Russia and Incirlik: There Will Not Be “Two Superpowers in One Base”

By Ollie Richardson

After the recent warming of relations between Erdogan and Putin and the alleged relocation of NATO nuclear weapons to Romania, both new and old media has been rife with reports about Russia’s possible use of Turkey’s Incirlik airbase for the bombing of terrorists in Syria. Newspapers such as the British Times claim that “Russia is pressing Turkey for access to a key airbase used by the US as it tries to extend its influence in the Middle East.” 

On 21st August 2016, Turkish PM Binali Yildirim was quoted as saying, “Turkey opened Incirlik airbase to fight Daesh [Islamic State] terrorists. It is being used by the US and Qatar. Other nations might also wish to use the airbase, which the Germans are also now using,”. “If necessary, the Incirlik base can be used.”

However, the Prime Minister refuted the reports that Russia was bullying them for access:

“I don’t think they have a need for Incirlik. Because they already have two bases in Syria.”

In order to establish what is likely to happen, Stalker Zone asked Al Rai Chief International Correspondent, veteran War correspondent, and Analyst Elijah J. Magnier to comment on the speculation on whether Russia could use Incirlik airbase to aid its aerial campaign in Syria:

“Turkey is showing high control over rebels in Syria, the same ones that are bombed daily by Russia. Therefore, the interests of Turkey and Russia doesn’t find common ground in all aspects of the war in Syria. In addition, Turkey is still a NATO member, and the Incirlik base was built by the US in the 50’s and has about 5000 U.S. Air Force serving in it since 2002. The relationship between Turkey and US could shake but not to the point of hosting two superpowers in one single base. This is absurd. It is Turkish President Recep Tayyip Erdogan’s style to wave his menace in the face of the US to extract Fethullah Gülen, nothing more.”

It is necessary to remember that, despite Erdogan being busy as of late with internal matters, and information about Russia’s role in the suppression the attempted coup Turkey being disseminated widely, Turkey is directly responsible for the death of 1 Russian Pilot (Su-24 shootdown) and indirectly responsible for the death of 5 Russian crew-members (Mi-8 shootdown) via its unwavering supply of MANPADS for groups like Ahrar al-Sham. While no war has ever been fought without losses within the parties involved, Russia would prefer to keep the number of casualties from its side to a minimum to avoid giving the liberal 5th column inside the Duma ammunition to portray Putin as a weak and indecisive leader, especially when in the background the Ukrainian Army is violating the Minsk Agreements every single day.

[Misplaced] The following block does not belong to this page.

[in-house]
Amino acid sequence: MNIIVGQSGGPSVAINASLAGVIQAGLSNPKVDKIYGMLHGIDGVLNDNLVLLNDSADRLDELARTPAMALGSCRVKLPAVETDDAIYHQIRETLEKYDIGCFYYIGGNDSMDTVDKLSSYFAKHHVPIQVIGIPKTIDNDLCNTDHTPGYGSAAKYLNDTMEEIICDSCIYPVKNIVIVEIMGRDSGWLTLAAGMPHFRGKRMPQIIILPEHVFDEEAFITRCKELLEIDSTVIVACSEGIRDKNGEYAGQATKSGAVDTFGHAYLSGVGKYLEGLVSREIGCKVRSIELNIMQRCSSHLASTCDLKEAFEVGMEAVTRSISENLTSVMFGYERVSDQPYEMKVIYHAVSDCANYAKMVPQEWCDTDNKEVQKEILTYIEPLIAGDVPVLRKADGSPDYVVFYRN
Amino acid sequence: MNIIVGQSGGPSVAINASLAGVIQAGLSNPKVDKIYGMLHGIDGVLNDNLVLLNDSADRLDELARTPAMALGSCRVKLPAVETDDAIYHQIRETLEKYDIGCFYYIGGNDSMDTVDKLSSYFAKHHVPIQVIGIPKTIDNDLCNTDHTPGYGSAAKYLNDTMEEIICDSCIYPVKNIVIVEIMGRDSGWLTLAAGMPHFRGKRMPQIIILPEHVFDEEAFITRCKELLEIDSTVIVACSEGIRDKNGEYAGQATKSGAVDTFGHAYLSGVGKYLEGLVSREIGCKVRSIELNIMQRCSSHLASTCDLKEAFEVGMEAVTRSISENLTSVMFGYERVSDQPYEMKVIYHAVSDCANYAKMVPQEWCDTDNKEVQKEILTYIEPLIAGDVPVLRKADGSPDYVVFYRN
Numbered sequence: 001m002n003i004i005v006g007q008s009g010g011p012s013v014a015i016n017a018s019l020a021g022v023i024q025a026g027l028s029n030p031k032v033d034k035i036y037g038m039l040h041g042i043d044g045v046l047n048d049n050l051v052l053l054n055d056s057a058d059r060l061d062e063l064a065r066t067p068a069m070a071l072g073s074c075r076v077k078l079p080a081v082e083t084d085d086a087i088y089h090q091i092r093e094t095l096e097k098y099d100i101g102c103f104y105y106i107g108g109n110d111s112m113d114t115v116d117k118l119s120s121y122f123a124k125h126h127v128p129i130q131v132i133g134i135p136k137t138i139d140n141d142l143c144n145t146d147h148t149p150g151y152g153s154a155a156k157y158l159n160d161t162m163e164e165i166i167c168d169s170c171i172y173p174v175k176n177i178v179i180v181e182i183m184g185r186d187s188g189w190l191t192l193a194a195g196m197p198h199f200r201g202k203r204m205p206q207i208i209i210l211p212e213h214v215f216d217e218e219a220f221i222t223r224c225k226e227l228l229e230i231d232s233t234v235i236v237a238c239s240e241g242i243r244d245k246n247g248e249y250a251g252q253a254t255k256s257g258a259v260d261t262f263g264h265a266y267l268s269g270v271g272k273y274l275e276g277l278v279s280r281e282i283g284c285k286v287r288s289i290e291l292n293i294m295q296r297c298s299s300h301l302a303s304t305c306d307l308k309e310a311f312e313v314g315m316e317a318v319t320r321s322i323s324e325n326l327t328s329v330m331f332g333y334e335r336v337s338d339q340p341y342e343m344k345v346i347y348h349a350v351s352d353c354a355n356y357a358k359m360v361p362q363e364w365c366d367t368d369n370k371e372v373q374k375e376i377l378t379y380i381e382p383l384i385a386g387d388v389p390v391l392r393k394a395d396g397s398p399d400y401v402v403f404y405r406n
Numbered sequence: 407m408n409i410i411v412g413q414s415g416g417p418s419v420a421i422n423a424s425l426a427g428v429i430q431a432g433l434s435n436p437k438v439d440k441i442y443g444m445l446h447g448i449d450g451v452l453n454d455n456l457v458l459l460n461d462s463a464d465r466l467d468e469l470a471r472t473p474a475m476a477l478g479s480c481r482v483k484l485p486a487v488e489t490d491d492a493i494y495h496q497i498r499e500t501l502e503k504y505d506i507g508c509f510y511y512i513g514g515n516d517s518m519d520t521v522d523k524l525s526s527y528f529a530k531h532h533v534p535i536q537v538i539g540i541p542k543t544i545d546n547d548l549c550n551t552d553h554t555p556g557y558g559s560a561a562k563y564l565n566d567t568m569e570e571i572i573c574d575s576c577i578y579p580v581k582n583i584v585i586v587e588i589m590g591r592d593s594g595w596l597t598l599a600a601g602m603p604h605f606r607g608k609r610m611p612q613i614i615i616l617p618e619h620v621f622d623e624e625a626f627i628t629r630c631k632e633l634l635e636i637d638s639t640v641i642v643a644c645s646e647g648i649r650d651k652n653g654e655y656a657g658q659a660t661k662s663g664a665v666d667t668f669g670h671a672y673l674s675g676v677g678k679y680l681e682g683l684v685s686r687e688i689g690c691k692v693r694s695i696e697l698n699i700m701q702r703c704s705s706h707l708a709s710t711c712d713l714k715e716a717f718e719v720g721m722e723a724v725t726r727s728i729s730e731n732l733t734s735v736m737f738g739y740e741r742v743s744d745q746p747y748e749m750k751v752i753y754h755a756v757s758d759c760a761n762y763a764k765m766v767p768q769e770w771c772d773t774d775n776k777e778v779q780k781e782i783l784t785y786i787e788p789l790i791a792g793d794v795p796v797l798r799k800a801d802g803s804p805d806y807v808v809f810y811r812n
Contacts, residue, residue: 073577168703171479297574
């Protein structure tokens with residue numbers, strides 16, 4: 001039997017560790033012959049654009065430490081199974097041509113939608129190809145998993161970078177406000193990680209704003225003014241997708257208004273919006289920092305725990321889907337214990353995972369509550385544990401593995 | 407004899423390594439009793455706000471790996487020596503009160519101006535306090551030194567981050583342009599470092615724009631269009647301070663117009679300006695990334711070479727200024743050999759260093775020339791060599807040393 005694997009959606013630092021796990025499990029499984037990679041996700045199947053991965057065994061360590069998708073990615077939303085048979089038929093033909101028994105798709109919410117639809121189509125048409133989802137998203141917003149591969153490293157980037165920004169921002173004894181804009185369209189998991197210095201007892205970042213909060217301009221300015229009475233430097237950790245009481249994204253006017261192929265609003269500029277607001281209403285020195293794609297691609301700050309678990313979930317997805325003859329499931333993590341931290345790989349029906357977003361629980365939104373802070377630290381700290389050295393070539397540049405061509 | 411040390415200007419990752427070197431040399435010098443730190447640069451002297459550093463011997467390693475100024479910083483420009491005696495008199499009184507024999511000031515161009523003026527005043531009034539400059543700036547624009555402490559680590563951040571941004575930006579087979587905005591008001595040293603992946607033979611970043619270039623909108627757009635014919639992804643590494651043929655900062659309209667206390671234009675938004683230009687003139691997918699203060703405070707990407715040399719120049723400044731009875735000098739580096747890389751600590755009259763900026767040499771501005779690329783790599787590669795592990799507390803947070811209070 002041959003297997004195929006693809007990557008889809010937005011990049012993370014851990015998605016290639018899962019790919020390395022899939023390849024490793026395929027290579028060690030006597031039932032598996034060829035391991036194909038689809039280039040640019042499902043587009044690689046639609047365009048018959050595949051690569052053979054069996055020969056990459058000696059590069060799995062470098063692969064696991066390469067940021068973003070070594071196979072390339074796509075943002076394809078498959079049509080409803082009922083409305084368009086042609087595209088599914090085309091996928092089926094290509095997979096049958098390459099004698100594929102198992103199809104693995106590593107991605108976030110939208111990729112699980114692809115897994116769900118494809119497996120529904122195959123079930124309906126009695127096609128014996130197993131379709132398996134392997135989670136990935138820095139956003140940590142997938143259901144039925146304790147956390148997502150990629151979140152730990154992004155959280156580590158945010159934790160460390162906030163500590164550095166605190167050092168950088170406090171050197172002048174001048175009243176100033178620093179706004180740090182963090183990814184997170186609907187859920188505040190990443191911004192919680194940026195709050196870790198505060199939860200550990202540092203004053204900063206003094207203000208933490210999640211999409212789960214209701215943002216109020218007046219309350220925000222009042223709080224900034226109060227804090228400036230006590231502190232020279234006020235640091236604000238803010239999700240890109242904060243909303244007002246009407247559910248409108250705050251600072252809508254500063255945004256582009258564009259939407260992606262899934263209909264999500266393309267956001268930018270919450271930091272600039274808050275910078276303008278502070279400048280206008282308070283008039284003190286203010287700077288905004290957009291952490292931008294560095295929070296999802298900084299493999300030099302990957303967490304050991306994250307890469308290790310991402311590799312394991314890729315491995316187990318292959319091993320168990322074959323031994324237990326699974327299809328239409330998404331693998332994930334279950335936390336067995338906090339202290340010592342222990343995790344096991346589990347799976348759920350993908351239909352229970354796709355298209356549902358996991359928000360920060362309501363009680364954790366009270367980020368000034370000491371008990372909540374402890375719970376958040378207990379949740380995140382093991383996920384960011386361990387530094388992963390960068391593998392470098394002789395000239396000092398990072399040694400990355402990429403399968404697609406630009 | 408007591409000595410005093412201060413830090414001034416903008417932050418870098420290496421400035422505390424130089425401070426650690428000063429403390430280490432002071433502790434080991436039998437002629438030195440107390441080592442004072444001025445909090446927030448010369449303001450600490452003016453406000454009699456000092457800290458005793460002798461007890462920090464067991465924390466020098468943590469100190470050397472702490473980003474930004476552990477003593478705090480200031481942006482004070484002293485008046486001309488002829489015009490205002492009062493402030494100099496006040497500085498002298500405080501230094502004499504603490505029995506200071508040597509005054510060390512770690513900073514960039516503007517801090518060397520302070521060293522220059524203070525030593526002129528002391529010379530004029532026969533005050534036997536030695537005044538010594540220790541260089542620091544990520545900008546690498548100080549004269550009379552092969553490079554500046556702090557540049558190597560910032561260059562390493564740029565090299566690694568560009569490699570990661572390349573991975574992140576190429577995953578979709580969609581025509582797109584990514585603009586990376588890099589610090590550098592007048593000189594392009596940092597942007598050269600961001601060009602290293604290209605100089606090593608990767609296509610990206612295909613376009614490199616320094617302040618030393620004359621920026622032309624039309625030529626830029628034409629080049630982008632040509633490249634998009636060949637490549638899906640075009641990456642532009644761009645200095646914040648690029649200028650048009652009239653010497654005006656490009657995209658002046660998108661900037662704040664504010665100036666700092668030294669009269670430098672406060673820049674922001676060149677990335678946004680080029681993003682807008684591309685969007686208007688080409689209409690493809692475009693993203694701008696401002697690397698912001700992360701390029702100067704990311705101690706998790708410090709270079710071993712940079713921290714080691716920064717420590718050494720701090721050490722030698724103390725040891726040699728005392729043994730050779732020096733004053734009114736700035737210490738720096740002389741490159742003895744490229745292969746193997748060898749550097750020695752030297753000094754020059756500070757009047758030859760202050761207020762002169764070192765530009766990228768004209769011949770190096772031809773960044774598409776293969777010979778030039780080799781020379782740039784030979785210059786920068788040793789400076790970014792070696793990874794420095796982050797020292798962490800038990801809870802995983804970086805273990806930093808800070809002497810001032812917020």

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In other words, due to the differing interests in the region, Russia and Turkey ultimately both diverge and unite at various points in the wider MENA conflict. Turkey would prefer Assad “to go”, and Russia would prefer him to stay to keep the Syrian State in a stable condition. Turkey absolutely does not want a Kurdish State on its border, and Russia is acting as a mediator between the Kurds and the SDF and Syrian Arab Army. After the sudden increase in intensity of Russian’s aerial campaign in Syria due to complaints from allies on the ground regarding the lack of air support, the Kurds (steered by the US?) suddenly started to squabble with the Syrian Army over the settlement of Hasakah in Northeast Syria. This resulted in the US scrambling their jets in order to intimidate Assad – a move that did not work as the Syrian Army dispatched SAM systems to the area. 

The balance is very fluid and delicate, and also revolves around the conditions set by Russia in relation to the Turkish Stream pipeline. If Turkey really wants the head of the Gulen network extradited for trial, it will continue to “pivot east” and intensify efforts to establish healthy relations with Iran and China. Sending proxies and arms to further inflame Syria and Iraq is, however, certainly not indicatory of the neo-Ottoman leopard changing its spots, and actually shows a reluctance to part ways with the NATO alliance. It is also worth remembering that Russia still hasn’t played its ace – Admiral Kuznetsov…


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